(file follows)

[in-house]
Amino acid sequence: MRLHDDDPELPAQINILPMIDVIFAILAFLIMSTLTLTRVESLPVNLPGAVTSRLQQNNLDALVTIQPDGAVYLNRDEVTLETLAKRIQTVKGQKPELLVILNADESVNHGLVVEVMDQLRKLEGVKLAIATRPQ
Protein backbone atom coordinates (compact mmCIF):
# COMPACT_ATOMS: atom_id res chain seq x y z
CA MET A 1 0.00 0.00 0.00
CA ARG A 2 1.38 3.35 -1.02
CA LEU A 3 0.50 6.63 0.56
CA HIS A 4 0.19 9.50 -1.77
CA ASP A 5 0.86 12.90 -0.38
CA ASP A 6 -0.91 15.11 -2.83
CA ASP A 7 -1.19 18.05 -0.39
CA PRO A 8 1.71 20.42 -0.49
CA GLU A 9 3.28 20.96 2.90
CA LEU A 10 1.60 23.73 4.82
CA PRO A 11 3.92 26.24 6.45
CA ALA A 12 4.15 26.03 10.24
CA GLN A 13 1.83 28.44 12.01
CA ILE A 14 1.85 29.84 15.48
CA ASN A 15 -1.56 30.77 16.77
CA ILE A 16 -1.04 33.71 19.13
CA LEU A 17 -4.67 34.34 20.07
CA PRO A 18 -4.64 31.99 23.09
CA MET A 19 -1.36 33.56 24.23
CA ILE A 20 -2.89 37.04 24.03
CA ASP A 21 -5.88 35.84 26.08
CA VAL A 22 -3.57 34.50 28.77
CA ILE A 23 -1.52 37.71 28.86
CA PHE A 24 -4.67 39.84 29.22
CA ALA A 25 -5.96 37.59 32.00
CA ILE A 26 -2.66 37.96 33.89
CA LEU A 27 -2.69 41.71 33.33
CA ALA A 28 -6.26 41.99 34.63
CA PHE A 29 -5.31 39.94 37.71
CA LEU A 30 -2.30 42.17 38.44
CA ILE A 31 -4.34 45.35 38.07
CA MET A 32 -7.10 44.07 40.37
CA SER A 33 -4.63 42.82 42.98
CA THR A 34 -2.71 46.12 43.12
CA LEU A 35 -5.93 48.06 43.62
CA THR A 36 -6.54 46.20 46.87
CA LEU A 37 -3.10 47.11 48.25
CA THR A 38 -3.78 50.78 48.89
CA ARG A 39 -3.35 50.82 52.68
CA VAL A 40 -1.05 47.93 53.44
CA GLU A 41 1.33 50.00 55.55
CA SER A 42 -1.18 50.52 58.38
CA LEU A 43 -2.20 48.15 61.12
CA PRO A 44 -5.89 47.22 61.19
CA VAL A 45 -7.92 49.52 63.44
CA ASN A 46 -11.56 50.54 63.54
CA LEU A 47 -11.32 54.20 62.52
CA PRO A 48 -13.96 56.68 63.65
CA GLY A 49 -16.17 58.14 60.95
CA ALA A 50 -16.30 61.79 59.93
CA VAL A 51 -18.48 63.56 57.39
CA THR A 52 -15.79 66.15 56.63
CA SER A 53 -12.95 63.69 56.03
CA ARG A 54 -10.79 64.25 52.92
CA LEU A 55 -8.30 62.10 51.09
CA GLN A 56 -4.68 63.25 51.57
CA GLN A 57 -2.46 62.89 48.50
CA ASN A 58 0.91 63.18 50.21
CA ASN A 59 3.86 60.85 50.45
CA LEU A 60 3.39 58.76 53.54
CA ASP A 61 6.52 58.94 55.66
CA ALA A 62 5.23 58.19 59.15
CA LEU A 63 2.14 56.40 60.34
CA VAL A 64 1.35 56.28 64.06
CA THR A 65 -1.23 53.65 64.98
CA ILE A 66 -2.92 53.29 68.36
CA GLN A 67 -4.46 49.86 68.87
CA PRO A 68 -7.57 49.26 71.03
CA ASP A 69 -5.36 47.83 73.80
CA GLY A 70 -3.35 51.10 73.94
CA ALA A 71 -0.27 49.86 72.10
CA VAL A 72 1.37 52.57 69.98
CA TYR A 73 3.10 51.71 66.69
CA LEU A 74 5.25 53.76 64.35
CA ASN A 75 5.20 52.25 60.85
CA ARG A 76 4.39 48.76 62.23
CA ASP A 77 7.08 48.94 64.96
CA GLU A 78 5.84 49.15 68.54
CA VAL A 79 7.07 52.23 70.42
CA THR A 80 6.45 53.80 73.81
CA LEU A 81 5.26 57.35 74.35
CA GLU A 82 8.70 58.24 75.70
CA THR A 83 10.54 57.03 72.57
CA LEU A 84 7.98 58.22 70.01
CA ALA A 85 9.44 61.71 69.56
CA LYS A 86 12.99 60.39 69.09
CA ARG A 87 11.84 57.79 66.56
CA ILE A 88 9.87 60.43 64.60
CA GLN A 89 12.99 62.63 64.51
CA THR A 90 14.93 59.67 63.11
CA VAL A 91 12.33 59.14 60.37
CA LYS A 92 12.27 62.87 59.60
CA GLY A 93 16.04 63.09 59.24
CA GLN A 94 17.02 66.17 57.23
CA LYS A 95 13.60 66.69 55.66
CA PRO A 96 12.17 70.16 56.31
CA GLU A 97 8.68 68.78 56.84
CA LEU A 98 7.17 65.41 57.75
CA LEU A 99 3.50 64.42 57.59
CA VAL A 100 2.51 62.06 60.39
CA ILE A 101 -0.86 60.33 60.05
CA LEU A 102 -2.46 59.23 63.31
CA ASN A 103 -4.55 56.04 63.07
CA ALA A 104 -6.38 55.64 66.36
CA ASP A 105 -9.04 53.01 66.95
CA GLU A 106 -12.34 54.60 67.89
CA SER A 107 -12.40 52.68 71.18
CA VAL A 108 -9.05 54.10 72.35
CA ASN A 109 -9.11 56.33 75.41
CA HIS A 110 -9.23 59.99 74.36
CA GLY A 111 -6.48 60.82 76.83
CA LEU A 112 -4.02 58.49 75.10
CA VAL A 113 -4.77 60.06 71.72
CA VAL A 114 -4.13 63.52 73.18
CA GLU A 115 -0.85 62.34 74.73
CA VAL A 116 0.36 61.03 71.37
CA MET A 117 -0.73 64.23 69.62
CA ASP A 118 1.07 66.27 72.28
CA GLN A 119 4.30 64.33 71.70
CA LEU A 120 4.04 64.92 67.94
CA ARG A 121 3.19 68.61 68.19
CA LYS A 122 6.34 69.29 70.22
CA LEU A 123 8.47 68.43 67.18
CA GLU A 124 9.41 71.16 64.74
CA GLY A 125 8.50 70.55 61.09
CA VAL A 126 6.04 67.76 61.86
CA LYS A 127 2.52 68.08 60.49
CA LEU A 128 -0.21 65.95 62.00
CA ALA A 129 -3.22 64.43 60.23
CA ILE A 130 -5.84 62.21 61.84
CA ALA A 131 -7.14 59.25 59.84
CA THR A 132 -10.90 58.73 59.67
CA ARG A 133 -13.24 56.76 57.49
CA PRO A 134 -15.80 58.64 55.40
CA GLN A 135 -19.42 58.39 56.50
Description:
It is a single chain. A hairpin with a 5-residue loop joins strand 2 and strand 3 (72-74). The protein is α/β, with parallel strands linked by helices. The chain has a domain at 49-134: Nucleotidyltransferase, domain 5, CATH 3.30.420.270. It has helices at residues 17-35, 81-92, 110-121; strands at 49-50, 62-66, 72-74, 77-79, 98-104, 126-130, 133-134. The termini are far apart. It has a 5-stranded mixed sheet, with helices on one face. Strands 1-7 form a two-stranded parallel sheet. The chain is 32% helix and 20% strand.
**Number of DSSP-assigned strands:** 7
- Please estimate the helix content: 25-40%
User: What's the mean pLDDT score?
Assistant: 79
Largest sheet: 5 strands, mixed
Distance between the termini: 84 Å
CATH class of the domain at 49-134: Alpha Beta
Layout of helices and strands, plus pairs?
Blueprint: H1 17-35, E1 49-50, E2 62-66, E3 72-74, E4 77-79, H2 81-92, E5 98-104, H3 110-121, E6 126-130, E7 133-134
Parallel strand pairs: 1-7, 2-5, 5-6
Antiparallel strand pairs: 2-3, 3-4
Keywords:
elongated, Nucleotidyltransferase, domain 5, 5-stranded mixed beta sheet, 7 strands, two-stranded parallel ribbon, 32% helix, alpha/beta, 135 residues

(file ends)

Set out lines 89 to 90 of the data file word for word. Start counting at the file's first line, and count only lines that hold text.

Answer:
CA ALA A 85 9.44 61.71 69.56
CA LYS A 86 12.99 60.39 69.09